Mystery Door to Another Country

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SWBAT use relevant details, temporal words, and a closure to bring their story to life.

Big Idea

Students will learn how to make their stories come to life as they create a story reflecting a culture of their choice.


10 minutes

Common Core Connection 

This lesson is the culminating lesson in a series of writing lessons, and I am trying to step up the complexity by asking the class to write with a cultural influence.  This will allow the students that have mastered the use of temporal words to learn how to make their writing more interesting, but it gives others more practice on creating a story with two or more sequenced events, temporal words, and a closure.

Lesson Overview

The lesson image is a visual that is projected to help the students understand the idea.  The learners will create a story about themselves or another person that enters another country through a mystery door.  They use their prior knowledge from folktales we have read and a chart I made to help them develop a paragraph that uses temporal words to show the sequence of the events.

The hook takes place in the lounge and the students are seated next to their assigned partner.  The partners remain the same throughout the lesson, and are heterogeneous.  Mixed ability groups based on their oral reading fluency on DIBELS helps students engage in higher order thinking and develop skills for working with others.  After the hook, the students move to the desks, which are still in small group.  Then the students move to the center tables for the partner work, and we close back at the lounge.  I find that moving my students every twenty minutes really helps them stay engaged, and manages behavior during the transition. To keep the focus on the lesson goal they chant the goal three times as they move.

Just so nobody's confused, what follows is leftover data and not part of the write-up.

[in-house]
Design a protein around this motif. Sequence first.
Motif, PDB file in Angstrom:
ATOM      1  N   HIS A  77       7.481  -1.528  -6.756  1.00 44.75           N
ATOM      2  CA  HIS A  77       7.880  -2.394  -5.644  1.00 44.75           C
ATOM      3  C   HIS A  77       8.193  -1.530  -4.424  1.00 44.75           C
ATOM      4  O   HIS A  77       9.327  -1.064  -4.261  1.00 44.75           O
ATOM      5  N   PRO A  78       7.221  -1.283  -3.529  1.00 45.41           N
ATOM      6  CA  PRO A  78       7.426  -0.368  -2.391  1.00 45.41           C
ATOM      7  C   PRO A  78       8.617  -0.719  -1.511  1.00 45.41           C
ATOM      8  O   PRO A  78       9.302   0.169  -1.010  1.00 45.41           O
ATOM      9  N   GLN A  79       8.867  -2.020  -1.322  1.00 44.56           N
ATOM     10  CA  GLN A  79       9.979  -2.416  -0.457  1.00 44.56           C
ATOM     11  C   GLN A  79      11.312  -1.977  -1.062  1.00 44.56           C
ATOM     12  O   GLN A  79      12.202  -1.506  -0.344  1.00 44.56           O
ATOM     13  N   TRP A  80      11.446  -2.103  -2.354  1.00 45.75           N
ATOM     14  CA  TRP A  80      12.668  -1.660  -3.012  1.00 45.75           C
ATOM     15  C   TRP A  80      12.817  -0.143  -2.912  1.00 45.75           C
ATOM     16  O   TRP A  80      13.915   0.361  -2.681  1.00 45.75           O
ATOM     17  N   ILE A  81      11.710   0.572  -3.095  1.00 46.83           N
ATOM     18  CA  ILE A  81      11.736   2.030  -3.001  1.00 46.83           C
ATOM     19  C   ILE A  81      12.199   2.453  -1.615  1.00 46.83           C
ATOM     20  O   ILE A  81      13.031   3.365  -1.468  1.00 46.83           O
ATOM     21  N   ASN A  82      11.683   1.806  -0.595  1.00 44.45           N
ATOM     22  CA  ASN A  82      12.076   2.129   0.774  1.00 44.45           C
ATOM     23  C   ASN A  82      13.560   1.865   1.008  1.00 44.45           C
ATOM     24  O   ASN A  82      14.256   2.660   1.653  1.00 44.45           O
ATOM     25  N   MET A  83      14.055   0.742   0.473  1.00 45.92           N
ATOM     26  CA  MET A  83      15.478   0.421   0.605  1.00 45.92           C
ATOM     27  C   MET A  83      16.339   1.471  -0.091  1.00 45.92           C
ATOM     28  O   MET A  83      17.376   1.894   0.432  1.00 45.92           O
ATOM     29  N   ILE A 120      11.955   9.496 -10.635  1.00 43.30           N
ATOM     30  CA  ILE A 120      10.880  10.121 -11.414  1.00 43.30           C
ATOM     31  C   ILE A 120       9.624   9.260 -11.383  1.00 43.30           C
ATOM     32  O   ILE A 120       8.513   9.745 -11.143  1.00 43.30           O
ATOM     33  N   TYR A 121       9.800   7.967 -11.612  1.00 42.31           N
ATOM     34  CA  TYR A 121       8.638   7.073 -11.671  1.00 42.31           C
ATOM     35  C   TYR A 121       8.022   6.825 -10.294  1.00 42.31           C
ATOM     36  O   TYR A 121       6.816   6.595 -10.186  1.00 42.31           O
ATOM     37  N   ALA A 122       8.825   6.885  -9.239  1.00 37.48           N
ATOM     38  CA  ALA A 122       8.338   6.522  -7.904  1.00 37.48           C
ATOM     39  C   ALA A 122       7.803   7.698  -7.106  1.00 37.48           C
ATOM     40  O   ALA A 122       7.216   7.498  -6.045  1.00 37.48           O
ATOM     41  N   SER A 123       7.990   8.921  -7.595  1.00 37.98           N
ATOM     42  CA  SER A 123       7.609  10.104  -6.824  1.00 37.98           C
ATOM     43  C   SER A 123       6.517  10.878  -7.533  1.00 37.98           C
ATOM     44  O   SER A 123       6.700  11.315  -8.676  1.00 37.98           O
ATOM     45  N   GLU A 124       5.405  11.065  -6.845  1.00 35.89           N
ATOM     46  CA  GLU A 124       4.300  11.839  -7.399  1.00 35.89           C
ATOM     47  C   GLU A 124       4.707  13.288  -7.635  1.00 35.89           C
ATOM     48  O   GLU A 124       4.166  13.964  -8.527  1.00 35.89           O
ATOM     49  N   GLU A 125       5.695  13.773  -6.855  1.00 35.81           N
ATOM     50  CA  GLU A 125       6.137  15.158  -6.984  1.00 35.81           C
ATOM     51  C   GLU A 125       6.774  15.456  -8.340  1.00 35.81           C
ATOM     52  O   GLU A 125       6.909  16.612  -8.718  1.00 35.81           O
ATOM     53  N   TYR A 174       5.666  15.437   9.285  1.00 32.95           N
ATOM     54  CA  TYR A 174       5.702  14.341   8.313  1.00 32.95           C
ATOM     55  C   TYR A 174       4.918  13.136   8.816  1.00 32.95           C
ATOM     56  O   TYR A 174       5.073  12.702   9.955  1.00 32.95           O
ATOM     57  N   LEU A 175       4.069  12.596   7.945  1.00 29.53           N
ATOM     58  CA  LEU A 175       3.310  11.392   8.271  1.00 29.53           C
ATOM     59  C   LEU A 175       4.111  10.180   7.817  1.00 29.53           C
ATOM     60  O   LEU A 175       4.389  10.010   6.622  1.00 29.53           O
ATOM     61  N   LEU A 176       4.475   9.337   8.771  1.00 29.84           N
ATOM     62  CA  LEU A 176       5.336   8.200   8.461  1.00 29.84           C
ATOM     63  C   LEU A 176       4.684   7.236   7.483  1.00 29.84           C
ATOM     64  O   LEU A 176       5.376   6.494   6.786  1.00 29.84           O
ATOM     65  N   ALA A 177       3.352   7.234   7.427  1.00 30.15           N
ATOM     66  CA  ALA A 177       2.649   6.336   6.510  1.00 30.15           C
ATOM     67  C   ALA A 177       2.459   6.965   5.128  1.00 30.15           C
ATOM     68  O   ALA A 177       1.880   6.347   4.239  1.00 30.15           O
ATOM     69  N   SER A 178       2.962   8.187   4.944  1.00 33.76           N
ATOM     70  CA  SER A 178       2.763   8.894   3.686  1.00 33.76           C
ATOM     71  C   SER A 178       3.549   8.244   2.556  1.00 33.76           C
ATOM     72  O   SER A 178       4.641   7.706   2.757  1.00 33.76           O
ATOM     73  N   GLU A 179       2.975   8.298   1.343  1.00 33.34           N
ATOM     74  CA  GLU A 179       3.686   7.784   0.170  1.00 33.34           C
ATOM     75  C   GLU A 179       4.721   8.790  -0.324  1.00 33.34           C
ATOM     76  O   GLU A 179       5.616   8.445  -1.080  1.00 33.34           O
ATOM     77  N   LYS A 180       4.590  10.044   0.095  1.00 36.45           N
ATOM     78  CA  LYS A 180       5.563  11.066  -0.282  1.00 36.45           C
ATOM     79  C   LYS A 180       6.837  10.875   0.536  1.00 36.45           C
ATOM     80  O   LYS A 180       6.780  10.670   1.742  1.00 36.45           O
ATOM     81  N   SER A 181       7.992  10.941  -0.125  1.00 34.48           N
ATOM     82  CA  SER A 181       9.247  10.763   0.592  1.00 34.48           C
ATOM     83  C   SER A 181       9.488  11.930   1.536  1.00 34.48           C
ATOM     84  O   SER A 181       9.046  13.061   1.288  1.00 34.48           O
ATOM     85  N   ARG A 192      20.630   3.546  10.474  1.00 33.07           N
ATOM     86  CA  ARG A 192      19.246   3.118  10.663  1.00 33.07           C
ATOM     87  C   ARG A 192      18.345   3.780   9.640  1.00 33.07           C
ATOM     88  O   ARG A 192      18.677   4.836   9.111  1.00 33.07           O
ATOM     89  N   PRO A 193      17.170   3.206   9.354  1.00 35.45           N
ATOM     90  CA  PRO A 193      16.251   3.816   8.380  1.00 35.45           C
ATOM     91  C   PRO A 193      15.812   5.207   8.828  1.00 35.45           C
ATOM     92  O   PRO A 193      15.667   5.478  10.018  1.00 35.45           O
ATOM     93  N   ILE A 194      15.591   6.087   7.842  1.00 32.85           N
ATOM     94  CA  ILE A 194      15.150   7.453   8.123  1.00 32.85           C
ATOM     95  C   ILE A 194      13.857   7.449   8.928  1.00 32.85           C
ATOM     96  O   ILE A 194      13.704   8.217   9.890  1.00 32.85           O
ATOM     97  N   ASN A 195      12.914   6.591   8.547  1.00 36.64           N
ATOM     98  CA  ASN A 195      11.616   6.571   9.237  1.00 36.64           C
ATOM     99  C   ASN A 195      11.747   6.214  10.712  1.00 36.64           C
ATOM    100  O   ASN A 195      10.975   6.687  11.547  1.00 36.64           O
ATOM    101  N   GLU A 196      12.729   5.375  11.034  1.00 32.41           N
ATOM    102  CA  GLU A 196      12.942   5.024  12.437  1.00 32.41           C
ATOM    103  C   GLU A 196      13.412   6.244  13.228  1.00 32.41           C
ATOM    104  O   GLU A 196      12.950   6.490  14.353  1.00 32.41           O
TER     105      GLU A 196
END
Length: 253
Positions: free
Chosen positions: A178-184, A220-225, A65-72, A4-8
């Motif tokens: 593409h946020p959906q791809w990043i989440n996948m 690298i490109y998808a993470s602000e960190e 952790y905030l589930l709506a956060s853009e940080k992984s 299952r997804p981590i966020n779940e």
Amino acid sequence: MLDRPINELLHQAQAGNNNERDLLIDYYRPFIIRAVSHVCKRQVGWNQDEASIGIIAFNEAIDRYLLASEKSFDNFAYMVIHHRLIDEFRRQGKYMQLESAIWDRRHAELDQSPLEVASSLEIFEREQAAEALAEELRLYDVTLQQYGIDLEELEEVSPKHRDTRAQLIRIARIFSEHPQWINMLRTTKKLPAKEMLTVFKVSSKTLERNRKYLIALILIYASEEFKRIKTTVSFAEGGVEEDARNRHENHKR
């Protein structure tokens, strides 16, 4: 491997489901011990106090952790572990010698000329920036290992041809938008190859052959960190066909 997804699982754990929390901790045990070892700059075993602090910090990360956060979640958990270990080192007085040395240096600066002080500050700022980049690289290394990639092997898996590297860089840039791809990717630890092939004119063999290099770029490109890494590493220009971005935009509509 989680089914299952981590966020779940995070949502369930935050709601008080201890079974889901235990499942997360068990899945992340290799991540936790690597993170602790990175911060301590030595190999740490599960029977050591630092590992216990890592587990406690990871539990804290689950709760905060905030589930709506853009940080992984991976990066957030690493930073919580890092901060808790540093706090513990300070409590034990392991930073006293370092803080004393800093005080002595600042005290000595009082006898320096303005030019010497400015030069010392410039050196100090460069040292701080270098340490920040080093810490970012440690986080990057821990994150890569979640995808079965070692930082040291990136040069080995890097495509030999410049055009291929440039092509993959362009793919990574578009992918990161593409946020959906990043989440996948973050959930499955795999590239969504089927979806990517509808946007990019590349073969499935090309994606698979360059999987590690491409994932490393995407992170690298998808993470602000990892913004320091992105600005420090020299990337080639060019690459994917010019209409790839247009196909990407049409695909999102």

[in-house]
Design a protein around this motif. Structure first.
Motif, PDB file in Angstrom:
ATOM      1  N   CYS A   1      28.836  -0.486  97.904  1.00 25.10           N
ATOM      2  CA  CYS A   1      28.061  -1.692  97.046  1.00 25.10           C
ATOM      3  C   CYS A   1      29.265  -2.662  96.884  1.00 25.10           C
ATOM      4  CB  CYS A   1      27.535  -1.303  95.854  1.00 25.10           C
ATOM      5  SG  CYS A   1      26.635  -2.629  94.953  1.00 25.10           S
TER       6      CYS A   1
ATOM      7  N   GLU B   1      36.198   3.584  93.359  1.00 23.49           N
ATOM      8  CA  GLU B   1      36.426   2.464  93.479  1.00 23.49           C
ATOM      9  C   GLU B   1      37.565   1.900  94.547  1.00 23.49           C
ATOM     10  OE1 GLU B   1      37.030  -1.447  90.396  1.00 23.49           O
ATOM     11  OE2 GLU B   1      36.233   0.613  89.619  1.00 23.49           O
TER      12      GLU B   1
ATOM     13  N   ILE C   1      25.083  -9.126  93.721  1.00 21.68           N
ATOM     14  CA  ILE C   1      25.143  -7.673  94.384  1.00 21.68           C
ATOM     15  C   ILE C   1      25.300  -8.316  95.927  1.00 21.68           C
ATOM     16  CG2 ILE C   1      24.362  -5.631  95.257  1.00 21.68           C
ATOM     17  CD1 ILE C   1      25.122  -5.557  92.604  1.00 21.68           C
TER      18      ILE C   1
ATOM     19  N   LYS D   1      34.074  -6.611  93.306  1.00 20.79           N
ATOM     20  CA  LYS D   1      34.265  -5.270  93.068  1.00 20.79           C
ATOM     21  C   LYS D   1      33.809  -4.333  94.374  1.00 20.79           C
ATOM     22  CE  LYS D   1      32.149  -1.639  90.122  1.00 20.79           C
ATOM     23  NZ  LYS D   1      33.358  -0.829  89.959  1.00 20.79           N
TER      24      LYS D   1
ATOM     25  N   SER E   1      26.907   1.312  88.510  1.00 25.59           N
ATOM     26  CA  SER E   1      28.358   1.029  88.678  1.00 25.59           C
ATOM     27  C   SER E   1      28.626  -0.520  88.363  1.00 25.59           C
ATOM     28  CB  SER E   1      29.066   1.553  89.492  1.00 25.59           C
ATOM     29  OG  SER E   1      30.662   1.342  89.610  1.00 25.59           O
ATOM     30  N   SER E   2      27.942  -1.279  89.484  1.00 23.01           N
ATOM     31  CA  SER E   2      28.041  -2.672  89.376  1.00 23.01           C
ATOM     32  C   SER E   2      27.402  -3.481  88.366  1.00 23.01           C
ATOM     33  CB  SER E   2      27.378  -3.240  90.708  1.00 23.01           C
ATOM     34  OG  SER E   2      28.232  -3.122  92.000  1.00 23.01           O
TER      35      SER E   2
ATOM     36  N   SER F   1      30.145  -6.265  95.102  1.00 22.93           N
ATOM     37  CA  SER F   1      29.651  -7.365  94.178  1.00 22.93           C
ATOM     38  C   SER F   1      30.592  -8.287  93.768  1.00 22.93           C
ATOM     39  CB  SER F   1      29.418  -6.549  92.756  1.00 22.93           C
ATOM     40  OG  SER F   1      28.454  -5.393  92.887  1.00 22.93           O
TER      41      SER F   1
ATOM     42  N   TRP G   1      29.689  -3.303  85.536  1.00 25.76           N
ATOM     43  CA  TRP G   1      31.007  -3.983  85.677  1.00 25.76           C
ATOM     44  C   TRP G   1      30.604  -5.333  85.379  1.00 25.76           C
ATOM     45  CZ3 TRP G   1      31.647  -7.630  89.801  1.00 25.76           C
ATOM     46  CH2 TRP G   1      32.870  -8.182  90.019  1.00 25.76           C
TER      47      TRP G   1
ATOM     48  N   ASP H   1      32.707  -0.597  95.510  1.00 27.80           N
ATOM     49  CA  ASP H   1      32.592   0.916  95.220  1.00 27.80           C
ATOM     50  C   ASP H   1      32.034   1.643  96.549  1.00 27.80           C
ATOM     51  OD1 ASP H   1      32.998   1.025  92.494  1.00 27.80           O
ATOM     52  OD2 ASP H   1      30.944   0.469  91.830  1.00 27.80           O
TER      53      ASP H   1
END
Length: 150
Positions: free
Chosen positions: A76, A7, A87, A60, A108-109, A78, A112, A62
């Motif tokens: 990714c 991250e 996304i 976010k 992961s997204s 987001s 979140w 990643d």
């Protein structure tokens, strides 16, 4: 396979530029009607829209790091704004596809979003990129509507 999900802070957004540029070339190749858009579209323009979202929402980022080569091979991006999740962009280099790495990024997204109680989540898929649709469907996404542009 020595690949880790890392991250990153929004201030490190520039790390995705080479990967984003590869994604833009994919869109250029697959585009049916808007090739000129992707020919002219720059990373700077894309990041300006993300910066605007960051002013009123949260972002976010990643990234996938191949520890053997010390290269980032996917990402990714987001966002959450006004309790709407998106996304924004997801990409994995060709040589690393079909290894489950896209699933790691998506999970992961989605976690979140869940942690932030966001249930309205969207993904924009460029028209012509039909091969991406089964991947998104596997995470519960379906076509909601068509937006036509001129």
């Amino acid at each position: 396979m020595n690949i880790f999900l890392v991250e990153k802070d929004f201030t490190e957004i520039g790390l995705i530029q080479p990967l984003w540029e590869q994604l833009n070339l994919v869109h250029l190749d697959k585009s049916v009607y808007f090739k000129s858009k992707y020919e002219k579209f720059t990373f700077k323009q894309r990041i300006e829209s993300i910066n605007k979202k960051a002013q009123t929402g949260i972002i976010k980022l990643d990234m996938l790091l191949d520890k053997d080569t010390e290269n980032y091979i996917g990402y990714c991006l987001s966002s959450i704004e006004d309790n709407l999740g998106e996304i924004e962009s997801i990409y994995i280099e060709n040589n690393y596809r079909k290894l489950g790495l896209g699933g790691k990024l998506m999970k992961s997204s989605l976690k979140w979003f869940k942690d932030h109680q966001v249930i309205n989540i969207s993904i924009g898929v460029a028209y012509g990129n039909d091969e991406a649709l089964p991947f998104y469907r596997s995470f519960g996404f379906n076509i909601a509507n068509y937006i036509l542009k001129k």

I ask the students a question and project the lesson image on the Promethean board.  What do you think is behind that door?  Then I tell them to talk to their partner about what might be behind that door.  Then I listen to see what they say so we can build upon some of their ideas in the guided practice.  Next, I share that today we will write a fictional story that tells about you or another character walking through a mystery door and entering another country.   Now, first graders do not have a great knowledge of cultures, but we have studied a variety of cultures in folktales.  So, I made a Cultures Chart that will help us identify the cultures.  I go over the chart and reference stories that we have read.

Before we begin, the students echo, tell a friend, and then repeat the lesson goal. This helps them remember what we are learning.  I can write a fictional story using temporal words and a closure.

Guided Practice

20 minutes

Now the students transition to the desks to begin work on the guided practice. First, we vote by a show of hands to decide what who the character is going to be.  I take nominations from three students, and then we vote. Now, we have to decide what country the character is going to be from, so we take nominations.  After three nominations, we vote by a show of hands.

Next, the students discuss with their peanut butter jelly partner what the topic sentence should say. I listen to see what ideas they have and assess their prior knowledge.  Then a student volunteers their ideas, others agree or disagree, and we have a discussion to decide what we will write for the topic sentence.  It is important to go over the idea of using indenting to begin the paragraph because this is a new skill to most first graders.